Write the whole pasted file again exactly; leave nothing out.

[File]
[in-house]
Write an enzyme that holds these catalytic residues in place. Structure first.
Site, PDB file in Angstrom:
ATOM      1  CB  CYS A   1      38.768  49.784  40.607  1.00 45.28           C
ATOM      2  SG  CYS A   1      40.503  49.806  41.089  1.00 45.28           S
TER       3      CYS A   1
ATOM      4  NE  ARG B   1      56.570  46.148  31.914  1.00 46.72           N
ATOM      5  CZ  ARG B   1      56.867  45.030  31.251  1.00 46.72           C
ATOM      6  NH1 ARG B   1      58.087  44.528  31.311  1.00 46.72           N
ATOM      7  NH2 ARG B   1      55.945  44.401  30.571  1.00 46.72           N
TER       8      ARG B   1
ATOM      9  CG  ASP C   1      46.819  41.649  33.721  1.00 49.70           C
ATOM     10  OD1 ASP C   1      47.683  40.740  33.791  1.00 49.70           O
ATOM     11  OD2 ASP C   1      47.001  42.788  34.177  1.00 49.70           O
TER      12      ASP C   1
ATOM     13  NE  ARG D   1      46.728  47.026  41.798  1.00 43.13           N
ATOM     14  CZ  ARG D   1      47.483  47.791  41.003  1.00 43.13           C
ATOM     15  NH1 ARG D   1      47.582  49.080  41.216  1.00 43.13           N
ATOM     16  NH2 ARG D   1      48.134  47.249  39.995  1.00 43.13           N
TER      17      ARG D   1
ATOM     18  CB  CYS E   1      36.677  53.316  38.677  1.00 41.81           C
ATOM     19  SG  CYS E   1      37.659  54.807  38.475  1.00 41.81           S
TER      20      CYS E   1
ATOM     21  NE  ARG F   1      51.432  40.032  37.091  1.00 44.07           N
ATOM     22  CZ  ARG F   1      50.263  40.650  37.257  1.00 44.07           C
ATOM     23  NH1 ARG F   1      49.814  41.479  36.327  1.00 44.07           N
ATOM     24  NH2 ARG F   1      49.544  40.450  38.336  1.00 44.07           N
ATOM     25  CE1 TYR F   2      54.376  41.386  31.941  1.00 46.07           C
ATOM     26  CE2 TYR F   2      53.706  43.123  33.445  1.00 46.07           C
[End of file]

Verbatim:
[in-house]
Write an enzyme that holds these catalytic residues in place. Structure first.
Site, PDB file in Angstrom:
ATOM      1  CB  CYS A   1      38.768  49.784  40.607  1.00 45.28           C
ATOM      2  SG  CYS A   1      40.503  49.806  41.089  1.00 45.28           S
TER       3      CYS A   1
ATOM      4  NE  ARG B   1      56.570  46.148  31.914  1.00 46.72           N
ATOM      5  CZ  ARG B   1      56.867  45.030  31.251  1.00 46.72           C
ATOM      6  NH1 ARG B   1      58.087  44.528  31.311  1.00 46.72           N
ATOM      7  NH2 ARG B   1      55.945  44.401  30.571  1.00 46.72           N
TER       8      ARG B   1
ATOM      9  CG  ASP C   1      46.819  41.649  33.721  1.00 49.70           C
ATOM     10  OD1 ASP C   1      47.683  40.740  33.791  1.00 49.70           O
ATOM     11  OD2 ASP C   1      47.001  42.788  34.177  1.00 49.70           O
TER      12      ASP C   1
ATOM     13  NE  ARG D   1      46.728  47.026  41.798  1.00 43.13           N
ATOM     14  CZ  ARG D   1      47.483  47.791  41.003  1.00 43.13           C
ATOM     15  NH1 ARG D   1      47.582  49.080  41.216  1.00 43.13           N
ATOM     16  NH2 ARG D   1      48.134  47.249  39.995  1.00 43.13           N
TER      17      ARG D   1
ATOM     18  CB  CYS E   1      36.677  53.316  38.677  1.00 41.81           C
ATOM     19  SG  CYS E   1      37.659  54.807  38.475  1.00 41.81           S
TER      20      CYS E   1
ATOM     21  NE  ARG F   1      51.432  40.032  37.091  1.00 44.07           N
ATOM     22  CZ  ARG F   1      50.263  40.650  37.257  1.00 44.07           C
ATOM     23  NH1 ARG F   1      49.814  41.479  36.327  1.00 44.07           N
ATOM     24  NH2 ARG F   1      49.544  40.450  38.336  1.00 44.07           N
ATOM     25  CE1 TYR F   2      54.376  41.386  31.941  1.00 46.07           C
ATOM     26  CE2 TYR F   2      53.706  43.123  33.445  1.00 46.07           C